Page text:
Now consider the other extreme of high inflation. When inflation is high it can create the condition for joint movement in discount rates resulting in higher stock-bond correlation. When looking at both valuation formulas shown above, the denominators will tend to increase at the same time. High inflation will lead to an increase in both bond and equity risk premia (BRP and ERP), as there are detrimental effects to real earnings growth for stocks and real yields for bonds. Furthermore, monetary policy is often tighter, leading to rising rates (rt).
One thing to note is that for stocks, in theory, a rise in prices levels should mean a rise in nominal revenues and therefore increase valuations. However, this could be offset by high input costs, and so that relationship will influence the direction of the numerator. If the net effects of changes in the denominator dominate for stocks, then there will be positive correlation between stocks and bonds in high inflationary periods.
Implications for Portfolio Construction
Currently, as inflation has reached levels not seen for decades, central banks are tightening monetary policy while bond yields are generating historically low income. Consequently, investors are now forced to rethink how they manage portfolio risk as they begin to observe this positive correlation while acknowledging that macro turning points are difficult to predict. All else equal, increasing correlation among assets in an investor’s portfolio increases portfolio risk and reduces risk-adjusted returns and the ability to diversify, especially for the sake of downside protection. Thus, in our opinion it is essential to focus on asset classes and/or strategies that are capable of robust response to changing macroeconomic conditions, while maintaining the potential for diversification. Typically, to combat inflation, investors could also consider allocations to real assets such as real estate, commodities or inflation-protected securities like TIPS.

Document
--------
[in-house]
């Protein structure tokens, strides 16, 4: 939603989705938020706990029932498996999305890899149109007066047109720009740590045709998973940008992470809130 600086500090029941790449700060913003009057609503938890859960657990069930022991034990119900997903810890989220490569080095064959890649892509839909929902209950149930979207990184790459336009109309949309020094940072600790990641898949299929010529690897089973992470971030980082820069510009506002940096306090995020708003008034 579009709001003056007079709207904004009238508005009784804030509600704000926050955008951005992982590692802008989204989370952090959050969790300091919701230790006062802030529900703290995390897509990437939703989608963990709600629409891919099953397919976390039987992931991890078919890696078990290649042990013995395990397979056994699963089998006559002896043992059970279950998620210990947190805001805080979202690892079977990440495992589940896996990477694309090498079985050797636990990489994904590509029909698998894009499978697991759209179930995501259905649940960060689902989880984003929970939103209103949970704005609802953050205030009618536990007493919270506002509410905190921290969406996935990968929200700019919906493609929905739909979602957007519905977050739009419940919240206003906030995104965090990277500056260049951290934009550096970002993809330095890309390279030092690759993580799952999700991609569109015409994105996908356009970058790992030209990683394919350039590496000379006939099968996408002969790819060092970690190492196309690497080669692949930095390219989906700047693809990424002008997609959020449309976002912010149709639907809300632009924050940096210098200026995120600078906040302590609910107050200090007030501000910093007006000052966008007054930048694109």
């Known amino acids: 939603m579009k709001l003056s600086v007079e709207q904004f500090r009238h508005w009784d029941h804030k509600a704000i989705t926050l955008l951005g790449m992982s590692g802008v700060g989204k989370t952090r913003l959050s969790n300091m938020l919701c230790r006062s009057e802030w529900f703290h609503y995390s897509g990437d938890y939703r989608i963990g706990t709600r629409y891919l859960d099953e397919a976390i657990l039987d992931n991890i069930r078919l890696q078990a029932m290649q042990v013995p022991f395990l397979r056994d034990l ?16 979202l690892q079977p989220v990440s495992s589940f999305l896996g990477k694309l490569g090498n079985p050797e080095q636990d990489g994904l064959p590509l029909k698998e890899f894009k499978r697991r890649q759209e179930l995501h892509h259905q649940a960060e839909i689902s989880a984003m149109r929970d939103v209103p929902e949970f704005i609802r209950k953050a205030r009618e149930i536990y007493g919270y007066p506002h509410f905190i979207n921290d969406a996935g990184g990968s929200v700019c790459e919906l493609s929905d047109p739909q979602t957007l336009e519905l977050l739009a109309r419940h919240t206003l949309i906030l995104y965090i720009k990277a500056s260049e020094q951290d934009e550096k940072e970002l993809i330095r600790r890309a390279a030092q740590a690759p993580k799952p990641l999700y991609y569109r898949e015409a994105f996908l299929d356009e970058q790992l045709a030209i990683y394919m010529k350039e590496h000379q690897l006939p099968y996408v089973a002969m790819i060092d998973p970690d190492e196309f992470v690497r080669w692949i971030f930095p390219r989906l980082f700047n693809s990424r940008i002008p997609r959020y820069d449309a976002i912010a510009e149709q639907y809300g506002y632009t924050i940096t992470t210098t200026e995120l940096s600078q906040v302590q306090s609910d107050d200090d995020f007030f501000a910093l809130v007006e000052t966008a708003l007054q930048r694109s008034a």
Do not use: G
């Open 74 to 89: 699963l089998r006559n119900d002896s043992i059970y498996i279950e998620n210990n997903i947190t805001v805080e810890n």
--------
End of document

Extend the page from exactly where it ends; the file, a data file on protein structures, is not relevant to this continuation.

An Active Solution